Northern Ireland news

Derry shooting victim due in court on drugs charges

The scene of the paramilitary-style shooting in the Creggan estate in Derry. Picture by Margaret McLaughlin
Seamus McKinney

A MAN who has been in a coma since he was shot in Derry had been due to appear in court on drugs charges.

Police believe dissident republicans were responsible for the attack on Harry Boyle (25) in the Creggan area on Monday night.

The victim suffered two gunshot wounds to his right leg at Magowan Park shortly before 9pm.

The attack followed the killing of taxi driver Michael McGibbon (33) who was shot three times in the leg in north Belfast at the weekend.

It is understood he died as a result of a severed artery.

At Derry Crown Court on Tuesday, it was revealed that Mr Boyle, of Lawrence Hill, was due to appear in connection with class A, B and C drugs.

His lawyer, Mark Reel, told the court the Derry man had been shot on Monday night and remained in a coma in Belfast’s Royal Victoria Hospital having first been treated at Altnagelvin.

Mr Reel said: “Those who would replace our system of justice by one of terror, violence and fear have taken it upon themselves to shoot Mr Boyle.”

The defence lawyer said no earlier application for anonymity for his client had been made as there had been no known specific threat against him.

“Unfortunately those individuals involved hadn’t flagged up their intentions. The nature of the charges he faced are not comparable to the violence meted out to him.”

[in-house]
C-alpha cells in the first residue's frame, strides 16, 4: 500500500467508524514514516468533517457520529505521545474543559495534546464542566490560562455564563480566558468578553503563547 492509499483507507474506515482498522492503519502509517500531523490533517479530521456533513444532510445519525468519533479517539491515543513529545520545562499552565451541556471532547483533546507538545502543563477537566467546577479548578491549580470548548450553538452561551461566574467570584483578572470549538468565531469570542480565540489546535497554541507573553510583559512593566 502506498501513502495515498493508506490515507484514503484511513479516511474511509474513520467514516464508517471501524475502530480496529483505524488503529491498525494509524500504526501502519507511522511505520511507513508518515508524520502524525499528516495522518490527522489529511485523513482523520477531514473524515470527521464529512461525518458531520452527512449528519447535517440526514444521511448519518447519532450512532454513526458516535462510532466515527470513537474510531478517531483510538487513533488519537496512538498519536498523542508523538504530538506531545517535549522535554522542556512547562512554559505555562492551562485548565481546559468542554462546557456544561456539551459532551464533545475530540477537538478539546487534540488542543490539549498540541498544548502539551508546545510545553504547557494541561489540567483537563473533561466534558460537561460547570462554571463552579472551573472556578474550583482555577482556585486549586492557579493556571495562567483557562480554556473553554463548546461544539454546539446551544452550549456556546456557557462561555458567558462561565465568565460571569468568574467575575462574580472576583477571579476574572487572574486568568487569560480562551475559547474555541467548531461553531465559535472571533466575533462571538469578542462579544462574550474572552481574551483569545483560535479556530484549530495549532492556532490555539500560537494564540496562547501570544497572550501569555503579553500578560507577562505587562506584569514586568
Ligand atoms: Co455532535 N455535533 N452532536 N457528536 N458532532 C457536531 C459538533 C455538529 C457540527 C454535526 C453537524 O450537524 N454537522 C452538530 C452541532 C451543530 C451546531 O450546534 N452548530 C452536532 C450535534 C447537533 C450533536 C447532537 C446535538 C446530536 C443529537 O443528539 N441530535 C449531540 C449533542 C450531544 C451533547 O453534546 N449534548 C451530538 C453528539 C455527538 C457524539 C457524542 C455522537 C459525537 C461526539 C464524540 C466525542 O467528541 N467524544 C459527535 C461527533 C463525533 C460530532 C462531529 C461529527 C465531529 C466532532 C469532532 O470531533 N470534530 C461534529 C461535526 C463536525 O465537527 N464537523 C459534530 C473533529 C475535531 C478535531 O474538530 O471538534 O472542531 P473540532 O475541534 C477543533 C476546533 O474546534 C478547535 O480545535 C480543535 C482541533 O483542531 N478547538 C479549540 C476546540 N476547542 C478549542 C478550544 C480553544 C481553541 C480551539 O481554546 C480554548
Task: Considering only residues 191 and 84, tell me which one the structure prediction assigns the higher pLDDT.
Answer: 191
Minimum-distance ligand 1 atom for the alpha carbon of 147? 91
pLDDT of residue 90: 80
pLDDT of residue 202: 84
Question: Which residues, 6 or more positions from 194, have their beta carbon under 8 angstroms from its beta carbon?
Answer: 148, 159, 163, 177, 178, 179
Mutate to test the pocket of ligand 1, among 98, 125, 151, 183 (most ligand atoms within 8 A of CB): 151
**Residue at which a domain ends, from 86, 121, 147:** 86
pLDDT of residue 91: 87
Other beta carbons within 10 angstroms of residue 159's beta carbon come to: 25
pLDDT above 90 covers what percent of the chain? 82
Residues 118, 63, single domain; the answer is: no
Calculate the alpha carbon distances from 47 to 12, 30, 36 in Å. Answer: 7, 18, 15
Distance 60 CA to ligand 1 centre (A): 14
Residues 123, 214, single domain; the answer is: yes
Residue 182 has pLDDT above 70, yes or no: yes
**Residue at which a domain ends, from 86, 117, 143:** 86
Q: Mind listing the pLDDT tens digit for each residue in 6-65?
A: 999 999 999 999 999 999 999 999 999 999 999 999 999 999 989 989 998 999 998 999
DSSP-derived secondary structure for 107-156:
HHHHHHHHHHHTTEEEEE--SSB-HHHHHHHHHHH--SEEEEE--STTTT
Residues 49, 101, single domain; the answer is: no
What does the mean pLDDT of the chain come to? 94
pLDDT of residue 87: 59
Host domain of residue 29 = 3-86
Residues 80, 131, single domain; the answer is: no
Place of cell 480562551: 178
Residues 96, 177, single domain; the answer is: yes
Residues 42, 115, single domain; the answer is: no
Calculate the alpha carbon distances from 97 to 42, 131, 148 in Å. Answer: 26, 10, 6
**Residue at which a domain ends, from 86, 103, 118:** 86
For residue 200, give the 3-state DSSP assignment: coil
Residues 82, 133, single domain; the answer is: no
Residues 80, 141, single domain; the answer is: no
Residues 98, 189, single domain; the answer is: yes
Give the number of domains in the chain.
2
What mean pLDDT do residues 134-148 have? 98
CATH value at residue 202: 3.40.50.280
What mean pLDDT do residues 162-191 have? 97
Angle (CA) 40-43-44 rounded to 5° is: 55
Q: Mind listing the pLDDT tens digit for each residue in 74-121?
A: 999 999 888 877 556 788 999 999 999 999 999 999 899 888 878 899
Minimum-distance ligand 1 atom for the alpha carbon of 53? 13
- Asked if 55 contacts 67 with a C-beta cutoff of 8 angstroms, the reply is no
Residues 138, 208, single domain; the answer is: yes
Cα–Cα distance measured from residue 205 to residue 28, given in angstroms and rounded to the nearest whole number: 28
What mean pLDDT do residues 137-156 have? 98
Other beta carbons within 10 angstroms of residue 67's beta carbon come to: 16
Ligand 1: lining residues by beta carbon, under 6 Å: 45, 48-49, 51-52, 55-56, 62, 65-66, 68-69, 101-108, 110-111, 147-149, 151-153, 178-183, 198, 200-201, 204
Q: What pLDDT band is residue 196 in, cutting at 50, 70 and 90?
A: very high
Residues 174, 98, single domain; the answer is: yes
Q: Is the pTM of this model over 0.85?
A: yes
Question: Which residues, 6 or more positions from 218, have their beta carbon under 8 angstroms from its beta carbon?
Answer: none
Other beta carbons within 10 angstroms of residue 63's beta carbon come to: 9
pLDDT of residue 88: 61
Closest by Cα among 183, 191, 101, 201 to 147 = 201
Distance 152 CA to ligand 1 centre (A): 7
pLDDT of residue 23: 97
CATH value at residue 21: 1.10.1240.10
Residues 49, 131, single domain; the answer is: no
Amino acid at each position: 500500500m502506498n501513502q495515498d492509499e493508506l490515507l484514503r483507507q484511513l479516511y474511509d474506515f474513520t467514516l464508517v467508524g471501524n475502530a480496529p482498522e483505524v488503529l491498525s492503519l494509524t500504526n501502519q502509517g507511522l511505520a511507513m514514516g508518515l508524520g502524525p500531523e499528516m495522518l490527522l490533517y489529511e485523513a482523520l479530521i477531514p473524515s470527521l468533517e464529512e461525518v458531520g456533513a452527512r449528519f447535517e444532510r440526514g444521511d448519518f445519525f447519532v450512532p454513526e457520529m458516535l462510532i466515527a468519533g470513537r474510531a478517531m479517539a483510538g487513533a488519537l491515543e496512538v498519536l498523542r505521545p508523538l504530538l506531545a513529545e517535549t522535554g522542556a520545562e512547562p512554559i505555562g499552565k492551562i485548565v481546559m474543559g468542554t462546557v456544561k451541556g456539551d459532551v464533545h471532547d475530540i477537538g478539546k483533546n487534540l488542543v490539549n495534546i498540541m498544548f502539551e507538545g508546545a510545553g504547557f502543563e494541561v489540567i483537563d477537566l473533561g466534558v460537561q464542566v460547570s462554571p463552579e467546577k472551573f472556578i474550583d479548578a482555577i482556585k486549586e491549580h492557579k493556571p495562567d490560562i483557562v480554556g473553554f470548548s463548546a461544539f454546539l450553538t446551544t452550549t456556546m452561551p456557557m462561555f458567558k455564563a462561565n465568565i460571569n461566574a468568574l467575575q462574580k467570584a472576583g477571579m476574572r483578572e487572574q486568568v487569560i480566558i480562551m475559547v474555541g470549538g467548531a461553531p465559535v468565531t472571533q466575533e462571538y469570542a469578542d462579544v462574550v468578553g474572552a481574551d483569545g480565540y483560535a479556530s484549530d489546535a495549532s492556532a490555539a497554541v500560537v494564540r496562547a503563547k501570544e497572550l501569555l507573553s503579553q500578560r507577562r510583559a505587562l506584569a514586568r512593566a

Judge Philip Babington adjourned the case until May 4, saying it was “very sad” to hear of the shooting.

Derry police chief Mark McEwan described it as a brutal attack on a young man.

“This has all the hallmarks of a paramilitary-style attack. There are a number of lines of inquiry. However the investigation is focussing on violent dissident republican groupings,” Superintendent McEwan said.

He acknowledged that people might be fearful but said police needed information to progress their investigation.

“Those who are involved in paramilitary-style attacks do not represent the interests of any community or contribute anything to it. They prey on the community and have no legitimacy in dealing with perceived unlawful behaviour or misdemeanours.”

Fr Joseph Gormley said it was shocking to see blood on the streets of Creggan once again.

The attack took place at a new development built on the former St Peter's High School site.

The priest at St Mary’s Church in Creggan said such shootings would only create more pain for society.

"We've seen so many of these attacks over the years and what do they solve? Nothing. There's no justification at all."

From March last year to February this year there were 22 paramilitary-style shootings and 62 assaults across Northern Ireland.

Northern Ireland news

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